The amygdala attaches emotional significance to sensory information (this is why the smell of Grandma’s cookies makes you feel so good!). It also mediates aggression.

Brain Stem

  • Controls vital functions (heart rate, breathing, temperature, etc.)
  • Level of alertness

  • Cerebellum

    The cerebellum or “little brain” is involved in the coordination of voluntary movements, balance and equilibrium.
  • Coordination of voluntary movement
  • Balance and equilibrium

  • Cerebrum

    This remarkable portion of the brain is responsible for the higher level skills and thought processes which make us uniquely human. The brain functions as a whole, but each of the four lobes — frontal, temporal, parietal, occipital — makes several unique contributions. The fact that you can read and understand these words is an example of the wondrous functions of the cerebrum.

    Cingulate Gyrus

    The cingulate gyrus is known as the “satisfaction center.” It is responsible for the feelings of satisfaction following eating, drinking and sexual behaviors.

    Corpus Callosum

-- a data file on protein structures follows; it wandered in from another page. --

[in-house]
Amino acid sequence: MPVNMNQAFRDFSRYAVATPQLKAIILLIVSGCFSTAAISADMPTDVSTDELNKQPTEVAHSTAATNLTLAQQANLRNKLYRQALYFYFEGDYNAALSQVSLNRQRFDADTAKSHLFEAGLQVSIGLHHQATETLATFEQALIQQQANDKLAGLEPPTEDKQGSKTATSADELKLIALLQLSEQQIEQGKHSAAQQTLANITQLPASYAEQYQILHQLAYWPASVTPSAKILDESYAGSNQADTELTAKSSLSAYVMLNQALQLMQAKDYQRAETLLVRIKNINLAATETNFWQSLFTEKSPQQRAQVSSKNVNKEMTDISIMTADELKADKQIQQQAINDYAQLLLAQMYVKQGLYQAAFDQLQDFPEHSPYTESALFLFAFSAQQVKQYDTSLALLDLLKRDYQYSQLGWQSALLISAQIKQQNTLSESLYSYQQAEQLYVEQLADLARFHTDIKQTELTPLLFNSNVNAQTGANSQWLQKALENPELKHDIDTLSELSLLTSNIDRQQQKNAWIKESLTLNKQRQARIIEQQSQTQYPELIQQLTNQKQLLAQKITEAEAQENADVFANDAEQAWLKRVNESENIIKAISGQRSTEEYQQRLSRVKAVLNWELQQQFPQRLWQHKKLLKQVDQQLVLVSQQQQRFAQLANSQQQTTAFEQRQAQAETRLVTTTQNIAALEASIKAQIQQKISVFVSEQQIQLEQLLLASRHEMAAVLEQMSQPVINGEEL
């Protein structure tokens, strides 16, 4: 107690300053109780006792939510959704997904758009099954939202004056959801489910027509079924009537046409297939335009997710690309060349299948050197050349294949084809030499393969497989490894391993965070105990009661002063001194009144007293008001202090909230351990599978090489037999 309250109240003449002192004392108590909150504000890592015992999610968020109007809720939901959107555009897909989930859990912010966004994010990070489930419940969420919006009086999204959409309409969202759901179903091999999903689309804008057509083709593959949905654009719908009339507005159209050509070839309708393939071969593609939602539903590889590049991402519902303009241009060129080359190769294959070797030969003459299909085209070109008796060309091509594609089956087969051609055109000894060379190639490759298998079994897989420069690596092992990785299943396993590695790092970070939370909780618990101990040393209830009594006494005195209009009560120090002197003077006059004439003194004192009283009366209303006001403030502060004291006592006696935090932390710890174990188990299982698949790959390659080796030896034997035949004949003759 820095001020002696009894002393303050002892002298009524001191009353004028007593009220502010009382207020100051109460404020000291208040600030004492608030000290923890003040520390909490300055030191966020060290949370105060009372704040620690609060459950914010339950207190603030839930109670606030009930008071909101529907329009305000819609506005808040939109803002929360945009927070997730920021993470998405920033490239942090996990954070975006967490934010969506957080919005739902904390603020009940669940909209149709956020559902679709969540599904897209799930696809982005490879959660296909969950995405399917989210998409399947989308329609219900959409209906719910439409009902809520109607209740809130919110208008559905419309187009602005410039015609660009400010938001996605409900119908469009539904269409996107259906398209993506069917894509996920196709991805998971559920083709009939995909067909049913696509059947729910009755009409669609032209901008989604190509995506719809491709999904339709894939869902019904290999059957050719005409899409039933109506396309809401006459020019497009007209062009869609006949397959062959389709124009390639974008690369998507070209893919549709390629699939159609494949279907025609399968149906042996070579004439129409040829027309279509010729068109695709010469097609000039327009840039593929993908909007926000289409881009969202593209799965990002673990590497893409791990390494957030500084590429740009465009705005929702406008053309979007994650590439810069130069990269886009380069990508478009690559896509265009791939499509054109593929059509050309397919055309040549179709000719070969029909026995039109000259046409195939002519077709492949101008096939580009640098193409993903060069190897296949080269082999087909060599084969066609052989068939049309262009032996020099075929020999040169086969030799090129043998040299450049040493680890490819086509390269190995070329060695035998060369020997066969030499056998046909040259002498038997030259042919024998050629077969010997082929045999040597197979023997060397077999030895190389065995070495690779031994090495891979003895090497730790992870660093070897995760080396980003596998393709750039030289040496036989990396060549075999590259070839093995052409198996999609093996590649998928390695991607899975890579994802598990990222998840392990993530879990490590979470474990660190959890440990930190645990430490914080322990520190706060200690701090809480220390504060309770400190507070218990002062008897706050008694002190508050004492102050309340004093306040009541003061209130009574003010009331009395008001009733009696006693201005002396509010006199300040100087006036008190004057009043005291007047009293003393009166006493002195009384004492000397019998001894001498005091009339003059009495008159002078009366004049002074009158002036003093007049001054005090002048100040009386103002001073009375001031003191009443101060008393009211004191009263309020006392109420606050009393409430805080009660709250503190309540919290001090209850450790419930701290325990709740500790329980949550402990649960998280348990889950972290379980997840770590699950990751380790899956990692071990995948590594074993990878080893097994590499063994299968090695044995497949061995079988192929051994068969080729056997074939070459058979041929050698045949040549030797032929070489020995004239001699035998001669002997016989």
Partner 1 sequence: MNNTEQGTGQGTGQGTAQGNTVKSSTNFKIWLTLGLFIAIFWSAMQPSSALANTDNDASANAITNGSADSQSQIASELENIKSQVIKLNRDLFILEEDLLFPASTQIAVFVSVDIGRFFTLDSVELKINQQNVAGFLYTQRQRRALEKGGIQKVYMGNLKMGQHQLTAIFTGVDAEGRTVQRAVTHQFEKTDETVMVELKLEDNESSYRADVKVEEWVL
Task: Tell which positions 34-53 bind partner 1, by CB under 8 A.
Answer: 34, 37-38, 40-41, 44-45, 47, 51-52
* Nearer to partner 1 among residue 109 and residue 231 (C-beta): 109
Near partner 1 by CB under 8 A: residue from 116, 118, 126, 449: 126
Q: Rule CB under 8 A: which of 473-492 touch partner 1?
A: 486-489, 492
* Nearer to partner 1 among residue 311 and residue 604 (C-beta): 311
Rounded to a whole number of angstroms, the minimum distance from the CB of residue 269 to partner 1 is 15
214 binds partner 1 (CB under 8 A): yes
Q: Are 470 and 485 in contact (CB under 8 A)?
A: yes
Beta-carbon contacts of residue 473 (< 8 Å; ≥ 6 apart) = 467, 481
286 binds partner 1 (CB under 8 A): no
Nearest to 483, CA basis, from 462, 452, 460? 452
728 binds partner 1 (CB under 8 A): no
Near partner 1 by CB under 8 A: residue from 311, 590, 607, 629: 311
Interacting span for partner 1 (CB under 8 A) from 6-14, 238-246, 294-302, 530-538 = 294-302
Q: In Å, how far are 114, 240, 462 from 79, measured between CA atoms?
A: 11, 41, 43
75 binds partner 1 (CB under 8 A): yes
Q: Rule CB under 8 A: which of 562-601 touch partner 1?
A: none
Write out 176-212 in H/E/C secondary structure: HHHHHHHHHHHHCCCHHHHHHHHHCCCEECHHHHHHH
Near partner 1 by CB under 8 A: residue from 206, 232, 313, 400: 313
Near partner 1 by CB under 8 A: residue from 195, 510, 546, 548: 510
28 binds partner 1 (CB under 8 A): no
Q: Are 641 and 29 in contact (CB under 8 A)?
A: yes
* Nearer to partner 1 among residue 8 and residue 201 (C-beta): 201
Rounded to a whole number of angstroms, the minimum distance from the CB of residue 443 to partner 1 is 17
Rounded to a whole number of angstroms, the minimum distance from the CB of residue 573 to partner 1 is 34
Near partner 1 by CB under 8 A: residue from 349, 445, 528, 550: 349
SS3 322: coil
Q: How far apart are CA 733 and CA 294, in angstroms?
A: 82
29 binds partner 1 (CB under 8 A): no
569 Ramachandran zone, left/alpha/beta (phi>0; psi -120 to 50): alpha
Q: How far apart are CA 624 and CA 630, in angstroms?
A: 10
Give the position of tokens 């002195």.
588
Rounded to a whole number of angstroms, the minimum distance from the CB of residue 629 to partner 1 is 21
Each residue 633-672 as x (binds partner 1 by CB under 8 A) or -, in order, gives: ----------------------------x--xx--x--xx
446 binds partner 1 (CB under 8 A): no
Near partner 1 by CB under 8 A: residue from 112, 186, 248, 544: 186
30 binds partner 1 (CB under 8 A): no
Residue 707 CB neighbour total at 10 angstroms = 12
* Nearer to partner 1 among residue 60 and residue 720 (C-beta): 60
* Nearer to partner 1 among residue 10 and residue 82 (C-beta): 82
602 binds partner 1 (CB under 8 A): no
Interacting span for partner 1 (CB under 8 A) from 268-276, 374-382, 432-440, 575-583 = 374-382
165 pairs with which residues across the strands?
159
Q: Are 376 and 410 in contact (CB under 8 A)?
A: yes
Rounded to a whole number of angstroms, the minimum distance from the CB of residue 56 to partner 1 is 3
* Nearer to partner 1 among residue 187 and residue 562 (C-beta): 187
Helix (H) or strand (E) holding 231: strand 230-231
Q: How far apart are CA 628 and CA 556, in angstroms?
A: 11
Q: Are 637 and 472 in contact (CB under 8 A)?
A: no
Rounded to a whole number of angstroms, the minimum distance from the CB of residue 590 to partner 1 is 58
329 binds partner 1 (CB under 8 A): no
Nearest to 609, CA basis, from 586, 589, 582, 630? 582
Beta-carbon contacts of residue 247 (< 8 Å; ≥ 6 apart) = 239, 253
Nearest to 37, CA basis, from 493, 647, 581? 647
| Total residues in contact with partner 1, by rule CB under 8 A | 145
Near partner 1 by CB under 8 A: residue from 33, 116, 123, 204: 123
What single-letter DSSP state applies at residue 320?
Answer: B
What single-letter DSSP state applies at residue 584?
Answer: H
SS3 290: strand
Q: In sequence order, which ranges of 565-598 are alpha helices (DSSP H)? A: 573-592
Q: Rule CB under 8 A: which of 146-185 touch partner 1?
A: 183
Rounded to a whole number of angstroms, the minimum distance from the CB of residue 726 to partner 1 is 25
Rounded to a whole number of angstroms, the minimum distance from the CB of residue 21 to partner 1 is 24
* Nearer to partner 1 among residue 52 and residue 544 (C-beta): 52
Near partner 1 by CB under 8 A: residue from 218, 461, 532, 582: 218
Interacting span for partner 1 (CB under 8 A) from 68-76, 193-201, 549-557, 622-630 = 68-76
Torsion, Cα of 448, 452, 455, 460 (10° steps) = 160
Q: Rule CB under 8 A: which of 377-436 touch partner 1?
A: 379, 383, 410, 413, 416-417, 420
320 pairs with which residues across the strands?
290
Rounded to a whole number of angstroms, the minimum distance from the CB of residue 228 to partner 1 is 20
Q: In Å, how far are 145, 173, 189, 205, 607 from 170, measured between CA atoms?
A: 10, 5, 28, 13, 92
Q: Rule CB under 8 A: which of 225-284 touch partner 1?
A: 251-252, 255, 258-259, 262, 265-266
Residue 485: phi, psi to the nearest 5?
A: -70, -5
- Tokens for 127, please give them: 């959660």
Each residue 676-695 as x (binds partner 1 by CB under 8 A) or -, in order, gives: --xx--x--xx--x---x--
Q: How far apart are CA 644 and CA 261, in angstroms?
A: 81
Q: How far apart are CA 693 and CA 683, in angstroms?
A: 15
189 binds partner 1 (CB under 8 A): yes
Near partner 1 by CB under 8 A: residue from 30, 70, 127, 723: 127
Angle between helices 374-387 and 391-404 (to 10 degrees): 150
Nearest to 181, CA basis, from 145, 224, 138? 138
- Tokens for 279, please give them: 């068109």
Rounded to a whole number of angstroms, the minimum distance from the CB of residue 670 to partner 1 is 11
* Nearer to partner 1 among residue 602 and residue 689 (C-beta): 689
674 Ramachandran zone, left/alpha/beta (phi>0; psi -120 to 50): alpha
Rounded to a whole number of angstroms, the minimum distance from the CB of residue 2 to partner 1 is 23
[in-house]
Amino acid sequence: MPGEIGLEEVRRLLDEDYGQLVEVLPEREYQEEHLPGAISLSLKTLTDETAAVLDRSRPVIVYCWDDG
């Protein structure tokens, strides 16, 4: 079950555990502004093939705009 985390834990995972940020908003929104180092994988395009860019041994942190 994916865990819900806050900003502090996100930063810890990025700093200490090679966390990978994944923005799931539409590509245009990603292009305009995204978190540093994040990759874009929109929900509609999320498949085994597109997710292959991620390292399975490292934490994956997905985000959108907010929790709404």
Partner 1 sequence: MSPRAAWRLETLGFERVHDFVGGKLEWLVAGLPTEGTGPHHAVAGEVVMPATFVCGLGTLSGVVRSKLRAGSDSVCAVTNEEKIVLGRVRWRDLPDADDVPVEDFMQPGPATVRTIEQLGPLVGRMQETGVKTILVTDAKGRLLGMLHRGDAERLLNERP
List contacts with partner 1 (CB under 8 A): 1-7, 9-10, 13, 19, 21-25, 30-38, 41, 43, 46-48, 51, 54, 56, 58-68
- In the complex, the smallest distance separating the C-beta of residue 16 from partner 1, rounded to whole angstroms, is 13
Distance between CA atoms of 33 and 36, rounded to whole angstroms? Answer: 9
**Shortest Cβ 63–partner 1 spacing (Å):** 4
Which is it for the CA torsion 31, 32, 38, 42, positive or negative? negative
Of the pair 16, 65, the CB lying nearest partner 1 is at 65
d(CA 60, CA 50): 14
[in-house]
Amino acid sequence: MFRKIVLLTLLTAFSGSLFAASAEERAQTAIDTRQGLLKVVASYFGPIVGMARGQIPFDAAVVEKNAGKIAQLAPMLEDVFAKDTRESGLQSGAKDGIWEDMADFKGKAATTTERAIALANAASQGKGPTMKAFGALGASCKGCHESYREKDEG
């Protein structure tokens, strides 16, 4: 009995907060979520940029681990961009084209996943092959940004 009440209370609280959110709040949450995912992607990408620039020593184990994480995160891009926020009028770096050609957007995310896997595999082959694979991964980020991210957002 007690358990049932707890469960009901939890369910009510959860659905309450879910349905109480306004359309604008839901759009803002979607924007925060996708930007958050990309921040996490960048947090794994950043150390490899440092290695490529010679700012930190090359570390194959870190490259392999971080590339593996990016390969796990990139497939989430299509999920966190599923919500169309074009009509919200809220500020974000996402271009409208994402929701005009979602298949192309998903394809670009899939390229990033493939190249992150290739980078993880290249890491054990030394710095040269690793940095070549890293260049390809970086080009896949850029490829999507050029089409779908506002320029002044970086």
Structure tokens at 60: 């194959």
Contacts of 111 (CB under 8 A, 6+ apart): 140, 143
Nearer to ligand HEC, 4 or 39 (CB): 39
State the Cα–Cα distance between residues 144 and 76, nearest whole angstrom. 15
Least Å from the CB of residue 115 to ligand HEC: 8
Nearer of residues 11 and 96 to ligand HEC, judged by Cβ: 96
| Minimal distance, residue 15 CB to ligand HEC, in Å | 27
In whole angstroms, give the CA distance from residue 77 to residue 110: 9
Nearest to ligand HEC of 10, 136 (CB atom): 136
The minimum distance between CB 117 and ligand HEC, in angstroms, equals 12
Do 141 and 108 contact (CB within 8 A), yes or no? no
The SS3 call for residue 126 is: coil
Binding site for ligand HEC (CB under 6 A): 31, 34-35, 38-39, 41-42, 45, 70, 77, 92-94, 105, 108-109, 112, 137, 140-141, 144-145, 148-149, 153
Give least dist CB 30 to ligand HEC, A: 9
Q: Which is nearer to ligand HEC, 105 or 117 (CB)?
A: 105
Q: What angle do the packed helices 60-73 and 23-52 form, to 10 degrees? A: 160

Without our corpus callosum, we would have two separate brains not communicating with each other! The corpus callosum connects the two halves (hemispheres) of the brain and allows information to be exchanged.

    Frontal Lobe

  • Controls attention
  • Motivation and initiation
  • Emotional control and personality
  • Guides and controls social behavior
  • Judgement and decision making
  • Problem solving
  • Expressive language
  • Motor integration
  • Voluntary movement
  • Hippocampus

    The hippocampus is involved in learning and memory consolidation (converting short-term memories to long-term memory storage). Without your hippocampus, you wouldn’t remember what you had for breakfast this morning!


    The hypothalamus is our “drive” center; controlling hunger, thirst, emotional responses and sexual behaviors. The hypothalamus also regulates the pituitary and other hormone-secreting glands.

    Medulla Oblongata

    The medulla oblongata regulates vital bodily functions such as breathing and heart rate.

    Occipital Lobe

  • Visual perception
  • Visual input
  • Some aspects of reading
  • Parietal Lobe Perception

  • Tactile percepetion (sense of touch)
  • Awareness of spatial relations
  • Pituitary Gland

    Here lies the source of the difference between males and females! The pituitary gland is the “master gland” and is responsible for the production and/or release of most hormones.


    Running, walking, swinging your arms…the pons connects the two halves of the cerebellum and helps integrate movements between the left and right sides of the body.

    Temporal Lobe

  • Memory
  • Receptive language
  • Language comprehension
  • Musical awareness
  • Sequencing skills

  • Thalamus

    This is the Grand Central Station of our brains! All sensory information (except the sense of smell) from the body goes to the thalamus, which then sends the information to the appropriate cerebral area for processing.